week-day schools were in a flourish. 13,447 scholars; 9479 of whom are ing state in the winter; but in the boys, 3086 girls, and 882 adults. spring the settlers were so dispersed Many churches have been built, that it was impossible for their chil. in which the Gospel is faithfully dren to attend them. The Indian preached, and the ordinances of God boys are making considerable pro- administered; and at some of the gress in knowledge, and some of principal stations printing-presses them seem to attend with a great have been established, from which deal of sincerity when religious in. the Scriptures, liturgy, and relistruction is delivered. Some of the gious tracts. are issued in large Indians evince a great desire for the numbers. instruction of their children.
Of the success which God has In concluding the Report of their given to the society in the use of proceedings, the committee give the these means, the committee acfollowing summary of the society's knowledge, with devout gratitude to operations :- In its nine missions God, that they have been permitted there are 54 stations, with which to gather some fruit from among the are connected 286 schools. All heathen: but they regard the
present these different stations are employ only as the seed time; and scattering 458 labourers; of whom 124 ing, as God enables them, the inare Europeans, and 334 born in the corruptible seed of his word, they respective countries where they are would wait in faith and patience for employed. In the schools there are the promised harvest.
SOCIETY FOR PROMOTING CHRISTIAN KNOWLEDGE. In the course of the year, the So- The society has always been ciety for promoting Christian Know. anxious to diffuse its benefits in ledge has distributed to its members every part of the British empire. and the public 54,896 Bibles, 75,547 Ireland, in particular, has particiTestaments and Psalters, 146,668 pated largely in its bounty; and, Books of Common Prayer, 91,897 during the past year, fresh exertions bound books, and 1,092,844 tracts. have been used to meet the demand The receipts of the society have which has arisen for the word of amounted to 70,0001. and its ex- God in the Irish language. The penditure to 65,645l. Of the latter society has made a considerable sum 54,652. have been paid for grant of Bibles and Books of Combooks and tracts issued from the so- mon Prayer, in English, to the Dubciety's stores ; and 7,2381. for grants lin Association for discountenancing in aid of the foreign operations of the Vice, for the use of schools, hospisociety. This large income is not tals, workhouses, gaols, and for gemore than sufficient to defray the neral distribution. It has also reincreasing demands upon the so- newed its endeavours to complete ciety's funds; so that no material the edition of the Irish Bible, as well extension of its designs can be safely as to commence the reprinting of the undertaken without a still further Book of Common Prayer in the same increase of disposable means. The language. The portion of the Old society is well aware that 'such an Testament already printed has been increase can only be expected from transmitted to Dublin, to be exaa general conviction of the utility of mined by a competent Irish scholar, its services; and in the humble hope and the university of Dublin has that such a conviction may be consented to allow the Book of strengthened by an account of its Common Prayer to be printed at its proceedings during the last year, press. The very limited number of it submits the following outline of biblical scholars who are critically them to the consideration of the acquainted with the Irish language, public.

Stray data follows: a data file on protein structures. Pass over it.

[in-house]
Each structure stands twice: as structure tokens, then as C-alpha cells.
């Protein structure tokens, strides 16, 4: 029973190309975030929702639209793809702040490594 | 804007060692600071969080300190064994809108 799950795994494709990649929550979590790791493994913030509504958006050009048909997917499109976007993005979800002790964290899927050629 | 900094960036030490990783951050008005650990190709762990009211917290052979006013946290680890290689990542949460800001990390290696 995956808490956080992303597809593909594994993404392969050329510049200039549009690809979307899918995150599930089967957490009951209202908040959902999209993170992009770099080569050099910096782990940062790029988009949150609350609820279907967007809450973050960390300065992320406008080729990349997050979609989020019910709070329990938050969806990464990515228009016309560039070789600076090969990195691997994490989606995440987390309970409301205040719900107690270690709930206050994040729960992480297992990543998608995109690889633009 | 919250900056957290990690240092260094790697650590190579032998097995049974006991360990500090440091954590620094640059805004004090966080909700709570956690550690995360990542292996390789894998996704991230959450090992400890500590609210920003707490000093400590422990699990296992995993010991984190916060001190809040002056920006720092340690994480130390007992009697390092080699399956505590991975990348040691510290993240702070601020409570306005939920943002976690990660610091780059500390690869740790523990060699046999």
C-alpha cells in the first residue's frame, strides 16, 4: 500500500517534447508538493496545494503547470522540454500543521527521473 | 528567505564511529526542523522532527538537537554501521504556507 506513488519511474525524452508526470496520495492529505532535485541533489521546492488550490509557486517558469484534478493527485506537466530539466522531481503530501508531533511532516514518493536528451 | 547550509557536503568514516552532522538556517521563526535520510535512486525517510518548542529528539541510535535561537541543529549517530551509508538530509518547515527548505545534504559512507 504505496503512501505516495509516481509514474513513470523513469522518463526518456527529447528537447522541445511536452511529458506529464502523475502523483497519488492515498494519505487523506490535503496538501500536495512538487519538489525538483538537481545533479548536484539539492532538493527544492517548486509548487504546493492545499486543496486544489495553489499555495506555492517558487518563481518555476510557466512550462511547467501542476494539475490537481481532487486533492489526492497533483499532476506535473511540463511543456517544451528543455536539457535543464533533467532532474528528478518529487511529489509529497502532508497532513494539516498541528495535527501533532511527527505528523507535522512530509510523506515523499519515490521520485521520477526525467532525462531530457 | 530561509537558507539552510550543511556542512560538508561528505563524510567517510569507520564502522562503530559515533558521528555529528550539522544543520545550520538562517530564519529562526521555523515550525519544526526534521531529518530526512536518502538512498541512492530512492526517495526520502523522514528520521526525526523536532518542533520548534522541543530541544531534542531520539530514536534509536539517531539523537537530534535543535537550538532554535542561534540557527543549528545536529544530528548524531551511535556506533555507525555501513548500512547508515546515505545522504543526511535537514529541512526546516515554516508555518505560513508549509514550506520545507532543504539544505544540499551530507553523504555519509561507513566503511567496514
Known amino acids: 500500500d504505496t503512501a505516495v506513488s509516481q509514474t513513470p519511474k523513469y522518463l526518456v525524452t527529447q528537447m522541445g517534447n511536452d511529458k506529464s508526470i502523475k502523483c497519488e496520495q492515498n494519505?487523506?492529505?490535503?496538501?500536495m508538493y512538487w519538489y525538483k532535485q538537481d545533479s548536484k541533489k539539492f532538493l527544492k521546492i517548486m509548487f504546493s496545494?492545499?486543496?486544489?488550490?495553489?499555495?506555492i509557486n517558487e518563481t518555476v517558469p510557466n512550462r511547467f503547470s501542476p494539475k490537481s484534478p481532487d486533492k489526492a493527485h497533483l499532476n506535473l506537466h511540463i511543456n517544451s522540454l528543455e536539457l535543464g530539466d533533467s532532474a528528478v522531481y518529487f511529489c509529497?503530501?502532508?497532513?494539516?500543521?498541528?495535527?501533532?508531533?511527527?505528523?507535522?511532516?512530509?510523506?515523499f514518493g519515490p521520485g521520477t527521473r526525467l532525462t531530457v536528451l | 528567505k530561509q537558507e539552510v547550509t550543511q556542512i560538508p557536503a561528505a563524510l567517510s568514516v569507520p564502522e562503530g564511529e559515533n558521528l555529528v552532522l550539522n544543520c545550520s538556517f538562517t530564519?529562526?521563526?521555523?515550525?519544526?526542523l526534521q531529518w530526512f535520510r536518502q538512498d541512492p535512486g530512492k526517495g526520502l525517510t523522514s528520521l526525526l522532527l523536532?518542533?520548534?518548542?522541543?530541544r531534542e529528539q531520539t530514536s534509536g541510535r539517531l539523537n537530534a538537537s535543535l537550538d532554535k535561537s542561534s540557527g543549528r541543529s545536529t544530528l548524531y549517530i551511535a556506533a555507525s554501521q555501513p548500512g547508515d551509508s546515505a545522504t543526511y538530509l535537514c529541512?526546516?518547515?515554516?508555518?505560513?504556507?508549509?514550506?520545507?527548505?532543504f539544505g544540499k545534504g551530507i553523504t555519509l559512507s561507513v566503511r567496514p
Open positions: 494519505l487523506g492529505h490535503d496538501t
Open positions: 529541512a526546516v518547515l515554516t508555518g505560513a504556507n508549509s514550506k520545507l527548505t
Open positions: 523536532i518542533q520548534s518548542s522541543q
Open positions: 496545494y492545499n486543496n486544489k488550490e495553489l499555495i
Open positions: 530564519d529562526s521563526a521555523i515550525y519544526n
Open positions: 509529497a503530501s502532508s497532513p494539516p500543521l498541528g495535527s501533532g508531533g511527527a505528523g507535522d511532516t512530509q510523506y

has thrown great obstacles in the CHRIST. OBSERV. APP.